This is the one mother sauce not thickened by a roux. Instead, it's thickened by an emulsion of egg yolk and melted butter, which means it's a stable mixture of two things that usually normally can't blend together. This is a very delicate sauce because the emulsion can easily break, and rich hollandaise is usually used as a dipping sauce for asparagus or a finishing sauce for dishes like eggs Benedict. Sauce Bearnaise is Hollandaise with Tarragon, Chevril and shallots (sometime using white wine vinegar in lieu of lemon)


The Emulsion Sauces

The main mother sauce from which bearnaise, aoli, mayonnaise, are born or derived, Hollandaise sauce combines two liquids that would not otherwise combine and thicken by using eggs. Let Jamie Oliver show you how easy, despite all the hype, that it is. 

If you are worried that the whisking is too much, you can make hollandaise, aoli and the other derivatives using a blender. See Bill St. John putting the suace together in the following video.




The Roux Sauces


Lets start with a basic video on Roux. Skip if you got it down already.



 Take the roux and essentially add milk and you have Béchamel. Here is a video.


So what is the big deal? A bland white sauce?

Think of flavors now. Cheese - of course.

Herbs? What do you like best in flavors with fish or fettuccine?

Here are some of the derivatives of Béchamel:

Alfredo Sauce, Mornay Sauce (cheese), Curry Sauce, Dill Sauce, Cream sauce, Mustard Sauce, Herb Sauce, Aurora Sauce (with Tomato Puree), Avignon Sauce (garlic, parmesan cheese, egg yolk and parsley, Brantome (or Nantua) Sauce, bread Sauce, Cardinal Sauce (fish stock and truffle), Soubise Sauce (for vegetables), and Country Gravy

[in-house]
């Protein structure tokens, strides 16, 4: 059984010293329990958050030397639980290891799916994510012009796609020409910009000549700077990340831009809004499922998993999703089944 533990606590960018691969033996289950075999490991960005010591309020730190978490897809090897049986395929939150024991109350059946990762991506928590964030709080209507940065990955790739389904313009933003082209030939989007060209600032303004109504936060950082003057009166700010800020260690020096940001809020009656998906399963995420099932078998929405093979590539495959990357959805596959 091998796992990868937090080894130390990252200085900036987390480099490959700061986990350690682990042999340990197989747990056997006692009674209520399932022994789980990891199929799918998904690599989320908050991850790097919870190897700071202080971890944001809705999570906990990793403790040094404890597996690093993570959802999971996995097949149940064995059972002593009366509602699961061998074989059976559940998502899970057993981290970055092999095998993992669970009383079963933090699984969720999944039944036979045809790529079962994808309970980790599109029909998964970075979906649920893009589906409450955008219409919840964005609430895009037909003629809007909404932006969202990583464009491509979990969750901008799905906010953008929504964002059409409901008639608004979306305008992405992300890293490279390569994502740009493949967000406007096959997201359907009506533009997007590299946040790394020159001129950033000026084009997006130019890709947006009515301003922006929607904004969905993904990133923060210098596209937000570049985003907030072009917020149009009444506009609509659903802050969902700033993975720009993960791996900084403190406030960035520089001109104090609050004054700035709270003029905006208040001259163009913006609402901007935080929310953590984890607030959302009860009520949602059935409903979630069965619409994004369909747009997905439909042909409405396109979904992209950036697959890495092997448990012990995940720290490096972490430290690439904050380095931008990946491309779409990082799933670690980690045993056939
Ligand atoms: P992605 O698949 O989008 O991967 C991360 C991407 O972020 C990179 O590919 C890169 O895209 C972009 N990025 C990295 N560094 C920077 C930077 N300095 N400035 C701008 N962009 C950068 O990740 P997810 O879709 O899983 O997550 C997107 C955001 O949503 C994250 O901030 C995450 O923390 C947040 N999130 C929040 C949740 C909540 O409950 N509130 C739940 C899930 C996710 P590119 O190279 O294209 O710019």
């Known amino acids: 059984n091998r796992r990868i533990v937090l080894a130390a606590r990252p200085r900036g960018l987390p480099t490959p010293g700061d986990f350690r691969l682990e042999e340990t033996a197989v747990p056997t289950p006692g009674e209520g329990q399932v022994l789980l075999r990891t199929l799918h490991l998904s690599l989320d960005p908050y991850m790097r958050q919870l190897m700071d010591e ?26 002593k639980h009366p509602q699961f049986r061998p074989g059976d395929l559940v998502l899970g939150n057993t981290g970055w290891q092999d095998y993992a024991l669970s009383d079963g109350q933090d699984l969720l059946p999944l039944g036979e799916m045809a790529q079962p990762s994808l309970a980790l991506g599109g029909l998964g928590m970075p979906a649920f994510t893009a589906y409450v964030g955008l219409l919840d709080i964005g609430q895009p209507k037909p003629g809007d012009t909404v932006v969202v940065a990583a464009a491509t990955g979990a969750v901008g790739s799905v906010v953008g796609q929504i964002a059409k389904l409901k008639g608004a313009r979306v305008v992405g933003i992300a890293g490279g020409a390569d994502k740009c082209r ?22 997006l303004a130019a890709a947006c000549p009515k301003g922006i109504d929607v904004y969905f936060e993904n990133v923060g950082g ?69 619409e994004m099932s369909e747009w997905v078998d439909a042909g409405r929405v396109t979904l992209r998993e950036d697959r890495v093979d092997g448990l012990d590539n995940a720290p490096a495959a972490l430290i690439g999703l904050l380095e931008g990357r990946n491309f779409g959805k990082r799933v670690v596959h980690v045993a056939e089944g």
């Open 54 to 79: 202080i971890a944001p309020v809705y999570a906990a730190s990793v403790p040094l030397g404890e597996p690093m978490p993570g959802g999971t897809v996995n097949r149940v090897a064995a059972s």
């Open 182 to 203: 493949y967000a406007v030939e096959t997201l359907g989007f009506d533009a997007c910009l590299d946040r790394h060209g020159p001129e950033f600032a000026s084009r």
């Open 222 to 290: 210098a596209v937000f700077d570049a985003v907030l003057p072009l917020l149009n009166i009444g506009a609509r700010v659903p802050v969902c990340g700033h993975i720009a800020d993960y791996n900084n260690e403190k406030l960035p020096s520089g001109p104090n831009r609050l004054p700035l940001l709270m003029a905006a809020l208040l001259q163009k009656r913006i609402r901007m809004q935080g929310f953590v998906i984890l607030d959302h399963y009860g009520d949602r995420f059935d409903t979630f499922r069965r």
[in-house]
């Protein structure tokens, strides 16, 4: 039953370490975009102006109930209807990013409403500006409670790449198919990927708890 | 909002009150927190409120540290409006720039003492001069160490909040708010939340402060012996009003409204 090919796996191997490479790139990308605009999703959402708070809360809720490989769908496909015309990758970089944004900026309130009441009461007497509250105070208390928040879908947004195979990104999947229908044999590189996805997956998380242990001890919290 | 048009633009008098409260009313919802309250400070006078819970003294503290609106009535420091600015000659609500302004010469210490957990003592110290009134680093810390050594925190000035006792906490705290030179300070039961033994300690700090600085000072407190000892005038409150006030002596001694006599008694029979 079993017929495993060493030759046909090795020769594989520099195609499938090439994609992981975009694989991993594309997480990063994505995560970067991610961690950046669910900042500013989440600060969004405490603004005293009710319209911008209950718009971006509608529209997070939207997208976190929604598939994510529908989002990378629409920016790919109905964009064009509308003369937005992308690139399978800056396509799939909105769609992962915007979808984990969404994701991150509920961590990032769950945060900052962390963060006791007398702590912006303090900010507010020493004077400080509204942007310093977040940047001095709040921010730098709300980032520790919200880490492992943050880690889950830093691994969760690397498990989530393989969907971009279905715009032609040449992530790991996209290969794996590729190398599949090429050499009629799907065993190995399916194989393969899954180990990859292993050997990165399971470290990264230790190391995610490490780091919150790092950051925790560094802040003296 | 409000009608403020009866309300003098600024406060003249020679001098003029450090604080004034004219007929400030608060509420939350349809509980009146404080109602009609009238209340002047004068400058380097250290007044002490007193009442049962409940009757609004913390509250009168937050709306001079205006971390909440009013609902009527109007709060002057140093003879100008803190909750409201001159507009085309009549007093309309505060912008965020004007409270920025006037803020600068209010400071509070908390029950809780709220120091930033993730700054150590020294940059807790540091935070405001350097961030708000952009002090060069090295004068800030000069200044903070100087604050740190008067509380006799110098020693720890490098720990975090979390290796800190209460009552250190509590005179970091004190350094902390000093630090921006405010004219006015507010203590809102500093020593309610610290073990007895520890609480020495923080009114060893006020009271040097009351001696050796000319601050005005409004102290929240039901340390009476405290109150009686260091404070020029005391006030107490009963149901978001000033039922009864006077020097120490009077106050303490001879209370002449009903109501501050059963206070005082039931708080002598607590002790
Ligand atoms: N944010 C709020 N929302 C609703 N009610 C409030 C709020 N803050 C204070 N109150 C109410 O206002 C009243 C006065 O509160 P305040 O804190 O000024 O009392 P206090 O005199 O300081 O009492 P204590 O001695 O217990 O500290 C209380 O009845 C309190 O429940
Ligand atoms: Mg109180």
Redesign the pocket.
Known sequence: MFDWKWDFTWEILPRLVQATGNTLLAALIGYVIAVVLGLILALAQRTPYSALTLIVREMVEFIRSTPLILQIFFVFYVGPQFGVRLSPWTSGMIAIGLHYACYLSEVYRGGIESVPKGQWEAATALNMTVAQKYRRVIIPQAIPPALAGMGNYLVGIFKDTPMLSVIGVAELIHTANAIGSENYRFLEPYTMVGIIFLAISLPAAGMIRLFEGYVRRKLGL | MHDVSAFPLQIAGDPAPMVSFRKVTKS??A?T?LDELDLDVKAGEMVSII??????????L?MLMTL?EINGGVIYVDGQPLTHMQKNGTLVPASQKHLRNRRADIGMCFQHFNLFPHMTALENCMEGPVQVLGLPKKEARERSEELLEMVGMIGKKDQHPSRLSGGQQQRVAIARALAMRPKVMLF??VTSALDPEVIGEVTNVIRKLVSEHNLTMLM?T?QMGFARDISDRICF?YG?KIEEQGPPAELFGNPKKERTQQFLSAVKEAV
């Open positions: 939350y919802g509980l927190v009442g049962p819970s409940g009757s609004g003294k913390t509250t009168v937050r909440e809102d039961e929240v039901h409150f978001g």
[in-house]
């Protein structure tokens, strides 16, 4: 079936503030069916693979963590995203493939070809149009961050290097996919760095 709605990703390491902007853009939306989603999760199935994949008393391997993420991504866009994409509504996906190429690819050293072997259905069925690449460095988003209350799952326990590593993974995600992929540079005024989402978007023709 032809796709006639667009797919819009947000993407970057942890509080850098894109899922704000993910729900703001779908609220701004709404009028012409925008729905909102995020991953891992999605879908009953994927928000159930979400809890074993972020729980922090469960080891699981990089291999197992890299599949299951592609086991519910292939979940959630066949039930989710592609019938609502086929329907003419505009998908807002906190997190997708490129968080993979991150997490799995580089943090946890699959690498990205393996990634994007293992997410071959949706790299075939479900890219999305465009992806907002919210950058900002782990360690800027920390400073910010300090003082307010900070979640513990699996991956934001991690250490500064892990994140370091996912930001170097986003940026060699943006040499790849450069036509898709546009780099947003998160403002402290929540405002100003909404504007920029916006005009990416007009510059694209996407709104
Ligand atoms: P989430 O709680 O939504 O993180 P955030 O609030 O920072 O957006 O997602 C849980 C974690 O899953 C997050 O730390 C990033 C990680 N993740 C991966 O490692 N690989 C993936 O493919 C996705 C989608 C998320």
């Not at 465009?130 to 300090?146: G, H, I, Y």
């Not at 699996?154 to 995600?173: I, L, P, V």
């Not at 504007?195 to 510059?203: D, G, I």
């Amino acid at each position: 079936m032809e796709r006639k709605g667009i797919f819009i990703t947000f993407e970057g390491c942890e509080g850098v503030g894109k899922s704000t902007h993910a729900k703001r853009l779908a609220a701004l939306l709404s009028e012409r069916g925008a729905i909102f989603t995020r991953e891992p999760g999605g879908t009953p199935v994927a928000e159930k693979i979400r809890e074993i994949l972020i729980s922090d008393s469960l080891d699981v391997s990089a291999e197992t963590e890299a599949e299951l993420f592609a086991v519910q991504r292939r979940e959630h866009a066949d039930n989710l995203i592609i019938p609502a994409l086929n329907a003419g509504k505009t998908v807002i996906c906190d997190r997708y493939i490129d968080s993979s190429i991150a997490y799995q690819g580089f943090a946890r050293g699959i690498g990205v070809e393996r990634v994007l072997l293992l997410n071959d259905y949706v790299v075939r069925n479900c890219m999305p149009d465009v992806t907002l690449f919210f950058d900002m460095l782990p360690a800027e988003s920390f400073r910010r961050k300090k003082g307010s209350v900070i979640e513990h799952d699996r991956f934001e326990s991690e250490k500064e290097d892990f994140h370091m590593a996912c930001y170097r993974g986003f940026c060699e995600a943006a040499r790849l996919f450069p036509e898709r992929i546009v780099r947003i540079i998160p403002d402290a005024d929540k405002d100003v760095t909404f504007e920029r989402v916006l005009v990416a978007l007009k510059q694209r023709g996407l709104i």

Variations for the veloute sauce include:

Bercy Sauce (with Wine for Fish), Cardinal Sauce (use Bechamel or Veloute), Normandy Sauce (with mushrooms and shellfish sauce for fish), Allemande Sauce (thickened with egg yolks and cream rather than a roux), Hungarian Sauce (onions, wine and paprika), Mushroom Sauce, Supreme Sauce, Venetian Sauce, Wine Sauce, Sauce Vin Blanc, Albufera Sauce, Horseradish sauce, poulette sauce.


 Also Know as Brown Sauce.

The best known derivative is Demi-glace made by adding white or brown stock and Madeira or Sherry. Others Include:

Jus lie, Bigarade Sauce, Bordelaise Sauce(demi-glace with re wine and shallot), Breton Sauce (onion, white wine, butter garlic and parsley), Chasseur Sauce (for Game), Duxelles Sauce, Lyonnaise Sauce (onions vinegar and white white), Perigourdine Sauce (foie gras and truffles), Venison Sauce (re wine, vinegar, sugar lemon and red current jelly), Bourguignonne sauce (red wine, shallots, and bouquet garni) and mushroom sauce.

 Sauce Tomat

Suace tomat, in the original french recipes, is thickened with a roux. I have given the recipe for this in the video as is is a rendition using pork and wine that is quite good. It can also be made as a reduction without the use of a roux.

Derivations of the sauce include:

Puttaneasca Sauce (olives, anchovies, capers and red pepper), Roasted Red Pepper Sauce (red peppers and parsley), Bolognese Sause (add meat and mire poix), Marinara Sauce (Parsley, garlic and oregano), Tikka Masala (ginger,cayenne, cinnamon and paprika), many other pasta sauces, moles,arrabbiata sauces, and Neapolitan Sauces.


Maybe now the creative juices are flowing and you can hum a tune of your own?